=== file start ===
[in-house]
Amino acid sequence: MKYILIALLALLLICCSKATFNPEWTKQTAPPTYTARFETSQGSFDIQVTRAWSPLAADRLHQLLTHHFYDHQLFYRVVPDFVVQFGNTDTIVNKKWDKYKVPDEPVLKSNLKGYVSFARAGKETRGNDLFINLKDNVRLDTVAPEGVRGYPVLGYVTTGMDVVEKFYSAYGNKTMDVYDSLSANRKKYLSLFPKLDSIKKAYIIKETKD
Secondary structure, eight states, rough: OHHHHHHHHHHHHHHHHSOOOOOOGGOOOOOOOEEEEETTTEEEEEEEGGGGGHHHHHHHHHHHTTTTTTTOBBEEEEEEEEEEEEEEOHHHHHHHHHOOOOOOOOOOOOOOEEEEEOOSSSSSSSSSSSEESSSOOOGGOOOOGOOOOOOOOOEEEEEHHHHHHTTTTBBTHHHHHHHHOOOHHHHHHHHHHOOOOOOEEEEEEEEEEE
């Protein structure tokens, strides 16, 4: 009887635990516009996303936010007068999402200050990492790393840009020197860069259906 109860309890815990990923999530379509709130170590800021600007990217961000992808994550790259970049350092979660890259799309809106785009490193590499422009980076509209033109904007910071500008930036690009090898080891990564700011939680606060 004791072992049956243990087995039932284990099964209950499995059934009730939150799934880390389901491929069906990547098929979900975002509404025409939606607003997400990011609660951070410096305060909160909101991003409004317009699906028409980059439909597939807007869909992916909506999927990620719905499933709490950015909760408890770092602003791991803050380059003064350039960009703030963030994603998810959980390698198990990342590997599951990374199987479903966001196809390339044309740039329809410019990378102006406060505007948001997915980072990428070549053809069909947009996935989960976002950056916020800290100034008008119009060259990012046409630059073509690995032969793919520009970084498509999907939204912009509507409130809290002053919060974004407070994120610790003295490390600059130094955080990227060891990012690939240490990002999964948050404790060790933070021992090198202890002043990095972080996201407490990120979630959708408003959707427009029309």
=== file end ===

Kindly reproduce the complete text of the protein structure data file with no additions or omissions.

[in-house]
Amino acid sequence: MKYILIALLALLLICCSKATFNPEWTKQTAPPTYTARFETSQGSFDIQVTRAWSPLAADRLHQLLTHHFYDHQLFYRVVPDFVVQFGNTDTIVNKKWDKYKVPDEPVLKSNLKGYVSFARAGKETRGNDLFINLKDNVRLDTVAPEGVRGYPVLGYVTTGMDVVEKFYSAYGNKTMDVYDSLSANRKKYLSLFPKLDSIKKAYIIKETKD
Secondary structure, eight states, rough: OHHHHHHHHHHHHHHHHSOOOOOOGGOOOOOOOEEEEETTTEEEEEEEGGGGGHHHHHHHHHHHTTTTTTTOBBEEEEEEEEEEEEEEOHHHHHHHHHOOOOOOOOOOOOOOEEEEEOOSSSSSSSSSSSEESSSOOOGGOOOOGOOOOOOOOOEEEEEHHHHHHTTTTBBTHHHHHHHHOOOHHHHHHHHHHOOOOOOEEEEEEEEEEE
């Protein structure tokens, strides 16, 4: 009887635990516009996303936010007068999402200050990492790393840009020197860069259906 109860309890815990990923999530379509709130170590800021600007990217961000992808994550790259970049350092979660890259799309809106785009490193590499422009980076509209033109904007910071500008930036690009090898080891990564700011939680606060 004791072992049956243990087995039932284990099964209950499995059934009730939150799934880390389901491929069906990547098929979900975002509404025409939606607003997400990011609660951070410096305060909160909101991003409004317009699906028409980059439909597939807007869909992916909506999927990620719905499933709490950015909760408890770092602003791991803050380059003064350039960009703030963030994603998810959980390698198990990342590997599951990374199987479903966001196809390339044309740039329809410019990378102006406060505007948001997915980072990428070549053809069909947009996935989960976002950056916020800290100034008008119009060259990012046409630059073509690995032969793919520009970084498509999907939204912009509507409130809290002053919060974004407070994120610790003295490390600059130094955080990227060891990012690939240490990002999964948050404790060790933070021992090198202890002043990095972080996201407490990120979630959708408003959707427009029309």